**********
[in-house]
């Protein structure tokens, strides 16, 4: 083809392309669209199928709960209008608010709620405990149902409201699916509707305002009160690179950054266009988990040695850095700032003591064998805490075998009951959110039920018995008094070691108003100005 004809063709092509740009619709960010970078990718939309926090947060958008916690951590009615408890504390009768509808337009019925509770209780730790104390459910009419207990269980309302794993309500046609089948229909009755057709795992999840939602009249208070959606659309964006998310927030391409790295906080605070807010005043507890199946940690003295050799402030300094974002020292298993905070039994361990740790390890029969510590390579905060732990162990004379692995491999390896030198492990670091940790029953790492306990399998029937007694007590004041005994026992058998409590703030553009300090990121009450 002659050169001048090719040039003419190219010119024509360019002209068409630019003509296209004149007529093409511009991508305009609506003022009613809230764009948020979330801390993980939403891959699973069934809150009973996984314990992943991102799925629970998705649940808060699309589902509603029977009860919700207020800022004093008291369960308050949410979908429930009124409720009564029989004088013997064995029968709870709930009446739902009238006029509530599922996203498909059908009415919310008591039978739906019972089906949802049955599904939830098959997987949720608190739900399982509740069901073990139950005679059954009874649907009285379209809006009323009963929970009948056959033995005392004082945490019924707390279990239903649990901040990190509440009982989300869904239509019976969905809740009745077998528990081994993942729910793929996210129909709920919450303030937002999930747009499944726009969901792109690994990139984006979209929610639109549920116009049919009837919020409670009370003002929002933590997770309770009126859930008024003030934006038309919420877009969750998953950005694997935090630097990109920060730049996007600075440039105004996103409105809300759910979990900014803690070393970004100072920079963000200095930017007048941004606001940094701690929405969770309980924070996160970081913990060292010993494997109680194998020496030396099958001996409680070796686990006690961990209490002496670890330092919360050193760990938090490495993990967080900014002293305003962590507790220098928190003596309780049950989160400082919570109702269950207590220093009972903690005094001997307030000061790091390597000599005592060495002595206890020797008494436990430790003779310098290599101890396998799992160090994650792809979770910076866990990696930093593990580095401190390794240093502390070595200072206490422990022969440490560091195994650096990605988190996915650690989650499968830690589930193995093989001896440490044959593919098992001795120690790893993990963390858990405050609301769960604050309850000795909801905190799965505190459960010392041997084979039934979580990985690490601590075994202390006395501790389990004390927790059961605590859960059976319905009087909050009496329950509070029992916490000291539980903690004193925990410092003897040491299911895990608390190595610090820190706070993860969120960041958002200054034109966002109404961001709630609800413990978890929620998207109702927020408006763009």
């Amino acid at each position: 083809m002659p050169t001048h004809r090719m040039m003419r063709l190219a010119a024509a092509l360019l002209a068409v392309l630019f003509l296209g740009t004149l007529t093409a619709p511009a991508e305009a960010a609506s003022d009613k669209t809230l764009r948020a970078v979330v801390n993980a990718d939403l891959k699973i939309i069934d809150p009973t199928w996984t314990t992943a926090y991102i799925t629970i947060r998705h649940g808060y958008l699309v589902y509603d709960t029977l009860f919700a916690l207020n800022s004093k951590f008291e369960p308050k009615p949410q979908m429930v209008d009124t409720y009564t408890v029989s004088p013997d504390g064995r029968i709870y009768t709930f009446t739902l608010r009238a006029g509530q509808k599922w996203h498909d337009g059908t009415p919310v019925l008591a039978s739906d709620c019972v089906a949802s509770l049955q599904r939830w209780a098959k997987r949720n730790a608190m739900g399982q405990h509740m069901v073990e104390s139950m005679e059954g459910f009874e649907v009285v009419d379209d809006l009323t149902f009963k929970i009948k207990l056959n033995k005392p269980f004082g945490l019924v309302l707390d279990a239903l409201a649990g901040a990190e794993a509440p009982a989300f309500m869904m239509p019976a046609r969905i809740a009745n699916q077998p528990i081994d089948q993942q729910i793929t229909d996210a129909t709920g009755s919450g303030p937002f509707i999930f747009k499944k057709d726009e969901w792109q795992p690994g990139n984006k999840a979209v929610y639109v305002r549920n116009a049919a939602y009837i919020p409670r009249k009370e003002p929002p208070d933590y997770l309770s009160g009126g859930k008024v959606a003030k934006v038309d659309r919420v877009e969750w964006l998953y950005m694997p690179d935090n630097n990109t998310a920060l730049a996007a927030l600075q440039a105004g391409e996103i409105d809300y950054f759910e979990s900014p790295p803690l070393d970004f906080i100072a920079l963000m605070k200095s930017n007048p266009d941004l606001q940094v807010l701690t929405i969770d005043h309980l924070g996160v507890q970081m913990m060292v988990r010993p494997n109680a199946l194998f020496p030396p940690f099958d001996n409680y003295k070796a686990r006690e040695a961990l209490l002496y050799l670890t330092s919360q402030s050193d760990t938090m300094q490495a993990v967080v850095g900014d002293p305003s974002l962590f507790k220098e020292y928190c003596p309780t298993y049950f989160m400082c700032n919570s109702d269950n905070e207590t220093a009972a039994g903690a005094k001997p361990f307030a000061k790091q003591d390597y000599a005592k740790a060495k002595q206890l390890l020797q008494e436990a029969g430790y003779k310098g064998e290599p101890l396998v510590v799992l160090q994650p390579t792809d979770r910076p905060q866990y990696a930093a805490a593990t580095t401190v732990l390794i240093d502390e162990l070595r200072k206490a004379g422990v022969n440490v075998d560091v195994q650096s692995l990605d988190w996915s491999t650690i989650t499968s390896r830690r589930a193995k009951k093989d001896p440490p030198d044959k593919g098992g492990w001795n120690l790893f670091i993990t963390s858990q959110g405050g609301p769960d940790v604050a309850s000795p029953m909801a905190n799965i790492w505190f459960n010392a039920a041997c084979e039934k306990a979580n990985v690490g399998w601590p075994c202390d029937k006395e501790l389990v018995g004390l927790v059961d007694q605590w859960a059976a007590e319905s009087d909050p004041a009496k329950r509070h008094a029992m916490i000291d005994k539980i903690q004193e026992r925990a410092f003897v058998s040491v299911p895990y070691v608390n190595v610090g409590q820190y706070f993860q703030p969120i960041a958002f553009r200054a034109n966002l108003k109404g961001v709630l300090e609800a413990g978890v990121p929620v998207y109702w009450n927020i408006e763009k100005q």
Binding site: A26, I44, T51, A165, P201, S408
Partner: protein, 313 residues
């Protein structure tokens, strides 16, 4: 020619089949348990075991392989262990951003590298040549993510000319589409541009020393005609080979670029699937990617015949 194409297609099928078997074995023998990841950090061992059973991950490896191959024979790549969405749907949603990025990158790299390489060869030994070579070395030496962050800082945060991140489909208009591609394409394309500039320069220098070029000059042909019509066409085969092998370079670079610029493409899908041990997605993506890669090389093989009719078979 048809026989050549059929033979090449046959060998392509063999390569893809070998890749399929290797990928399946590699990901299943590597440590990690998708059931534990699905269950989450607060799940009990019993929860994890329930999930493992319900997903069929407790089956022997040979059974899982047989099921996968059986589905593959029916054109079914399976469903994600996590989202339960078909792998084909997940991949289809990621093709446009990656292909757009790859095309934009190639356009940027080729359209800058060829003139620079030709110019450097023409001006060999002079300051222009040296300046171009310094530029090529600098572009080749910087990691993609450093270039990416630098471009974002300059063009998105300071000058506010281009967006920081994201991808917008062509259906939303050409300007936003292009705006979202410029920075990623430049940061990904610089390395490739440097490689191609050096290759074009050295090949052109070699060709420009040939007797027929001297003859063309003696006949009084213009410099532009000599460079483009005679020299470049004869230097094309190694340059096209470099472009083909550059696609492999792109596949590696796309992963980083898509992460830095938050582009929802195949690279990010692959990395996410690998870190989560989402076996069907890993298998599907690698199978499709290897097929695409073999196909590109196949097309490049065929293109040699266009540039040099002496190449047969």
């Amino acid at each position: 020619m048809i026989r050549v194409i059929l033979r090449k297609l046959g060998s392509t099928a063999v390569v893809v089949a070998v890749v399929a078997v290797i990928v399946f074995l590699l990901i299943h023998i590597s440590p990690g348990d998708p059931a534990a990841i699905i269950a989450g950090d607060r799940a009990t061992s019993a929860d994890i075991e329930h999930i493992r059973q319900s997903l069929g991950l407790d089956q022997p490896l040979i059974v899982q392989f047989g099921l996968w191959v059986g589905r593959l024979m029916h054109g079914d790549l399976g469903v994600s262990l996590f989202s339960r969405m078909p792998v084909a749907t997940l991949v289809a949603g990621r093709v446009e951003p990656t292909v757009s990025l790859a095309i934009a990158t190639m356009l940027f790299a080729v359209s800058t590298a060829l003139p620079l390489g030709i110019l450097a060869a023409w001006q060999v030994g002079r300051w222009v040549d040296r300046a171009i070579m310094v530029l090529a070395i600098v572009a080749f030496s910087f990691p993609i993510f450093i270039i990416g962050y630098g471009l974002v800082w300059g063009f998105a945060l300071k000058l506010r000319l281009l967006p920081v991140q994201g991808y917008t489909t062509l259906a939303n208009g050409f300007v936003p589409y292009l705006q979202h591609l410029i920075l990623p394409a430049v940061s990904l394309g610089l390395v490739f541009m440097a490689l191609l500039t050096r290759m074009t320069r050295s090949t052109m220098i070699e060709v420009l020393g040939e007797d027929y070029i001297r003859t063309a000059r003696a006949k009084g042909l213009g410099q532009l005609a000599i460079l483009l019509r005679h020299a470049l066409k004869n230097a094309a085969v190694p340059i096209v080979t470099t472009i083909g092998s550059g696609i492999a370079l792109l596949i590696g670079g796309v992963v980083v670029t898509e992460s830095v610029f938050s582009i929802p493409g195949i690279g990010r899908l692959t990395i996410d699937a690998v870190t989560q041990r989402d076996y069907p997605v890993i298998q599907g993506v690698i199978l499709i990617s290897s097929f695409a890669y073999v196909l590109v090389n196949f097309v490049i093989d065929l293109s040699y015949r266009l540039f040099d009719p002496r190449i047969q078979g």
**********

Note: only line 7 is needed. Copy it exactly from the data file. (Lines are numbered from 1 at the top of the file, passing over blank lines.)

């Amino acid at each position: 020619m048809i026989r050549v194409i059929l033979r090449k297609l046959g060998s392509t099928a063999v390569v893809v089949a070998v890749v399929a078997v290797i990928v399946f074995l590699l990901i299943h023998i590597s440590p990690g348990d998708p059931a534990a990841i699905i269950a989450g950090d607060r799940a009990t061992s019993a929860d994890i075991e329930h999930i493992r059973q319900s997903l069929g991950l407790d089956q022997p490896l040979i059974v899982q392989f047989g099921l996968w191959v059986g589905r593959l024979m029916h054109g079914d790549l399976g469903v994600s262990l996590f989202s339960r969405m078909p792998v084909a749907t997940l991949v289809a949603g990621r093709v446009e951003p990656t292909v757009s990025l790859a095309i934009a990158t190639m356009l940027f790299a080729v359209s800058t590298a060829l003139p620079l390489g030709i110019l450097a060869a023409w001006q060999v030994g002079r300051w222009v040549d040296r300046a171009i070579m310094v530029l090529a070395i600098v572009a080749f030496s910087f990691p993609i993510f450093i270039i990416g962050y630098g471009l974002v800082w300059g063009f998105a945060l300071k000058l506010r000319l281009l967006p920081v991140q994201g991808y917008t489909t062509l259906a939303n208009g050409f300007v936003p589409y292009l705006q979202h591609l410029i920075l990623p394409a430049v940061s990904l394309g610089l390395v490739f541009m440097a490689l191609l500039t050096r290759m074009t320069r050295s090949t052109m220098i070699e060709v420009l020393g040939e007797d027929y070029i001297r003859t063309a000059r003696a006949k009084g042909l213009g410099q532009l005609a000599i460079l483009l019509r005679h020299a470049l066409k004869n230097a094309a085969v190694p340059i096209v080979t470099t472009i083909g092998s550059g696609i492999a370079l792109l596949i590696g670079g796309v992963v980083v670029t898509e992460s830095v610029f938050s582009i929802p493409g195949i690279g990010r899908l692959t990395i996410d699937a690998v870190t989560q041990r989402d076996y069907p997605v890993i298998q599907g993506v690698i199978l499709i990617s290897s097929f695409a890669y073999v196909l590109v090389n196949f097309v490049i093989d065929l293109s040699y015949r266009l540039f040099d009719p002496r190449i047969q078979g």